Introduction to Hakka Food Culture


Extract from the Hakka food culture courses of the Hakka Internet College

 

I. Culture and food

 

i) What is culture?

According to the definition of the core of culture proposed by American culturists Kroeber and Kluckhohn, culture can be divided into four parts: lifestyle, patterns of thought, patterns of behavior and the concept of value hidden among the former three. These four parts constitute all aspects of culture.

 

ii) How is culture represented? What are the methods?

1) Cultural specialties are represented by music, painting, literature, pottery and dance etc. Therefore, the represented content and forms may be different from other foreign cultures and form their own uniqueness. These are the cultures representing the system.

2) It is represented by the conventions or norms abided by families or the whole of society, e.g. customs or those norms of the clan or disciplines of the family formed by various communities or families, and the law, ethics, outlook on living, outlook on life, outlook on love and attitudes towards religion etc. These types of norms need a long time to accumulate and are abided by people living in this culture. These are the cultures regulating the system.

3) It is represented by the combination of the above two cultural specialties and social norms, e.g. the language of an ethnic origin. The expression of language has a certain order and cannot be changed randomly. Also, its language is usually the representation of the ethnic origin’s cultural specialties. Another example is the culture of food. Take the example of Hakka. Only those dishes made with Hakka’s special ingredients and cooked using their methods are Hakka’s dishes. This is a norm that must be abided by. Also, the Hakka ethnic origins represent the features of Hakka life and cultural specialties in its combination of ingredients and by the dishes.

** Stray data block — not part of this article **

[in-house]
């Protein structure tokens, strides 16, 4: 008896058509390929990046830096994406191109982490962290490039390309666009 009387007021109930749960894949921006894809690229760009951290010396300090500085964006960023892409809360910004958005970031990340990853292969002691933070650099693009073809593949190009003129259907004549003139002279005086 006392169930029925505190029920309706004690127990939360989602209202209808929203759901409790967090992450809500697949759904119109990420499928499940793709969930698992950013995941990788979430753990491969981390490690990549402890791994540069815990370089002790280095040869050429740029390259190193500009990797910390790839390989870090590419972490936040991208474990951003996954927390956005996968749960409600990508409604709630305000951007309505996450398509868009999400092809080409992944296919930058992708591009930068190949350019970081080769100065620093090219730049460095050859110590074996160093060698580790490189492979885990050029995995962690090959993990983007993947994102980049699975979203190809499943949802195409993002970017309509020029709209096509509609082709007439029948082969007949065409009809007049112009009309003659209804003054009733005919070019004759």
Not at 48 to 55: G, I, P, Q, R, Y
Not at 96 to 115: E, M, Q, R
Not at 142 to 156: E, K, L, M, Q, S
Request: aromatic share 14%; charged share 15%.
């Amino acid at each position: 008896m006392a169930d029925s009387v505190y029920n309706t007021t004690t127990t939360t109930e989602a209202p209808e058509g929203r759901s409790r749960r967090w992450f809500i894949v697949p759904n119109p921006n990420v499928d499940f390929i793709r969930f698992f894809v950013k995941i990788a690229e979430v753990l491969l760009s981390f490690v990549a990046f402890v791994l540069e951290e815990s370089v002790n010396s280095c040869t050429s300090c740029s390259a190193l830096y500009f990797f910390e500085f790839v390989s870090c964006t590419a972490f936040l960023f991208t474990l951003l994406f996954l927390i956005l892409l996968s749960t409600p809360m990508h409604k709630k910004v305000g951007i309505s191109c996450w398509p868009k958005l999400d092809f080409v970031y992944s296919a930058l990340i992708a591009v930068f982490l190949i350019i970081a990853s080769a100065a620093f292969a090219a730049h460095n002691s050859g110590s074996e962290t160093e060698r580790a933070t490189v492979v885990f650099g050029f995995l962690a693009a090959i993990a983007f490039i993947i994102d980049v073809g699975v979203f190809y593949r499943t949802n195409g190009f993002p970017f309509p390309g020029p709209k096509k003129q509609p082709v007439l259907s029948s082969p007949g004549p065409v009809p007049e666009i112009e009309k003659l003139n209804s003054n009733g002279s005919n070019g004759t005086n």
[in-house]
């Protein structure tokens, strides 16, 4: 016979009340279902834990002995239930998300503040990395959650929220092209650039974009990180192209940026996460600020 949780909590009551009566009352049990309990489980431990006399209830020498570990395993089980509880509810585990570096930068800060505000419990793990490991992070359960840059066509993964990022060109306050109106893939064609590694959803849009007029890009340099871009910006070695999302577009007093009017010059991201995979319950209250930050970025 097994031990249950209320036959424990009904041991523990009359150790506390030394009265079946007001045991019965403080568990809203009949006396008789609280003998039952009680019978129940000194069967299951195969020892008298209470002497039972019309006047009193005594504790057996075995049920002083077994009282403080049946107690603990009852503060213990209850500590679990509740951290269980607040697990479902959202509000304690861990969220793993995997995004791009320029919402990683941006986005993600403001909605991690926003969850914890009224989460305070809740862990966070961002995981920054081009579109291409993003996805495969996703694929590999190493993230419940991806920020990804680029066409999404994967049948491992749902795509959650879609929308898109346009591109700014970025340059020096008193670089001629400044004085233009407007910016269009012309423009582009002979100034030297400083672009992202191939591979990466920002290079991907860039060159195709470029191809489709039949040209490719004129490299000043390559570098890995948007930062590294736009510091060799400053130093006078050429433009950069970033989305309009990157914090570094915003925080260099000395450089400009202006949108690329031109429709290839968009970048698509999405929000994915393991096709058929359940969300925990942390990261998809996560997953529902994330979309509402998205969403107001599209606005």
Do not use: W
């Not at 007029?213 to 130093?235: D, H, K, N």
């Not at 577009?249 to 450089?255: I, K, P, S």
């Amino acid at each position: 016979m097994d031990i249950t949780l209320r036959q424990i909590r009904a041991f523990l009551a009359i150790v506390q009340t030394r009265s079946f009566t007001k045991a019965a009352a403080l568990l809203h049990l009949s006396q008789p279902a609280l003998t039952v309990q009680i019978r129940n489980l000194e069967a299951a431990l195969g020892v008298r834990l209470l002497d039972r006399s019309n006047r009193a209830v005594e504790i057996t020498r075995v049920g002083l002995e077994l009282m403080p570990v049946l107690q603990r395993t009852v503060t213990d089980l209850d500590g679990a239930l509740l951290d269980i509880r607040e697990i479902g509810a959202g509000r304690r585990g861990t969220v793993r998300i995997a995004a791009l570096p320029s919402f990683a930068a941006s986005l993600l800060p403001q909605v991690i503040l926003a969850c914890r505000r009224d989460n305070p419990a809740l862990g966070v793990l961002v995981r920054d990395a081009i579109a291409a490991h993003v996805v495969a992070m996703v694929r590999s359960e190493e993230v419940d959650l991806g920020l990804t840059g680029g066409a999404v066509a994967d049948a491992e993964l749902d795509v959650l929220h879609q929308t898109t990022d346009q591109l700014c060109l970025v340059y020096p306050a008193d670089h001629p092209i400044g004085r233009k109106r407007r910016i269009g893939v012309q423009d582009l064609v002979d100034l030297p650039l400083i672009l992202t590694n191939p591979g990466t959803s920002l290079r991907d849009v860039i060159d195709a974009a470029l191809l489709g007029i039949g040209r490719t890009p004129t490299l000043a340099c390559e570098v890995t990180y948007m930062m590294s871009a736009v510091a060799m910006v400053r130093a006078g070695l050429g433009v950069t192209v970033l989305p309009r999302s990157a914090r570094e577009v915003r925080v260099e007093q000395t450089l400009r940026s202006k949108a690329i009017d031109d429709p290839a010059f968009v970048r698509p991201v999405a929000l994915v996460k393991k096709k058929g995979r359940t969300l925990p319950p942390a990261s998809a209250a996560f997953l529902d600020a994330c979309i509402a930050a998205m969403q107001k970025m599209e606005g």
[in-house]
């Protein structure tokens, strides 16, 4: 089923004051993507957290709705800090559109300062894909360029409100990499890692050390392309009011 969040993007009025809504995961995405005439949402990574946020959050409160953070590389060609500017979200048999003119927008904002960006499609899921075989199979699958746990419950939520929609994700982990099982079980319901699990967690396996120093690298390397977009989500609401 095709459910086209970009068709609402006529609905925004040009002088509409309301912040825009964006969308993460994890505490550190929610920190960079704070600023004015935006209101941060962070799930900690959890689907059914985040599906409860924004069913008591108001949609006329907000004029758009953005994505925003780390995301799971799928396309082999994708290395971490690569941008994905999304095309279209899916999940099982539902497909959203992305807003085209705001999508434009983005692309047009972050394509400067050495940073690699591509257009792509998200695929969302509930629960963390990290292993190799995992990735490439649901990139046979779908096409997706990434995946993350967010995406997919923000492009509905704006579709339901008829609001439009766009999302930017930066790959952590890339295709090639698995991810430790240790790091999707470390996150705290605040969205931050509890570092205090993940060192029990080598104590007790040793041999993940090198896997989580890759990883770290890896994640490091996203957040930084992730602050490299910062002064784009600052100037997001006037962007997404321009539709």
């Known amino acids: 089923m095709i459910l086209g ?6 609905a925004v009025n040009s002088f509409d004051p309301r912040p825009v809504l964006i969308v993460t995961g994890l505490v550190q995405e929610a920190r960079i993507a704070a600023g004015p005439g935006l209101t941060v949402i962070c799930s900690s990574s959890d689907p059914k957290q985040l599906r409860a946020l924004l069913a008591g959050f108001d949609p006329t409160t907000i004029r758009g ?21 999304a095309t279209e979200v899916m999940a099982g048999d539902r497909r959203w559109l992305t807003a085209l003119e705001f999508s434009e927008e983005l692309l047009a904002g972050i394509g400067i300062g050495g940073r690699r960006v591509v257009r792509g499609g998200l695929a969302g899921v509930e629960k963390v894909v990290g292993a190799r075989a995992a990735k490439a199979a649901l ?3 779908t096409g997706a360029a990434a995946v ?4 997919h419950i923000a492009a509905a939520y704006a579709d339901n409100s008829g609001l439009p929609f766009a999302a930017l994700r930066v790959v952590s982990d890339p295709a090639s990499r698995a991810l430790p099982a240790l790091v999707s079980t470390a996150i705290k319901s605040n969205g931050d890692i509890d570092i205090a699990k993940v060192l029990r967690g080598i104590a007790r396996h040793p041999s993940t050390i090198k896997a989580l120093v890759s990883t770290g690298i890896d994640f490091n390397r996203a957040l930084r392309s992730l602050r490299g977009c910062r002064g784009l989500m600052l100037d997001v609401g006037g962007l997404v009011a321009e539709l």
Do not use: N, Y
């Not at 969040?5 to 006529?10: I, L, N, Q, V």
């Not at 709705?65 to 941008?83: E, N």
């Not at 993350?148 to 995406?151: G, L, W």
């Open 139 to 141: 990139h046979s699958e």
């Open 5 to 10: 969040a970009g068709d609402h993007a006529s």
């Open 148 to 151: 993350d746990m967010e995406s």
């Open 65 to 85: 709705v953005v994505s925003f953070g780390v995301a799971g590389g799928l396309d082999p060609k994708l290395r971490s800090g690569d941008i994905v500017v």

iii) Food culture’s position in culture

The culture of food occupies the most basic and most important position in the cultural system, and the importance of this position is the most difficult to change. For example, when people become older and older, they wants to eat the food that they used to eat when they were a child more and more and they miss the taste of the food they used to eat when they were young. For Hakka people, this taste is the Hakka taste. Therefore, the soul of the food culture is the ingredients and the cooking methods, which are also the most basic, most difficult part to change in the food culture. For example, for Hakka stir-fried large intestine, the intestine cannot be washed too thoroughly, because if it is, the intestine will lose its original, special favor. Another example, for Hakka stir-fried pork, once you see the dish or you taste the dish, you will know whether it is a Hakka dish or not. Here you see the stability of the food culture’s position in the cultural system. In other words, if the food culture was to break up or mix with other cultures then it would be the collapse of the cultural system.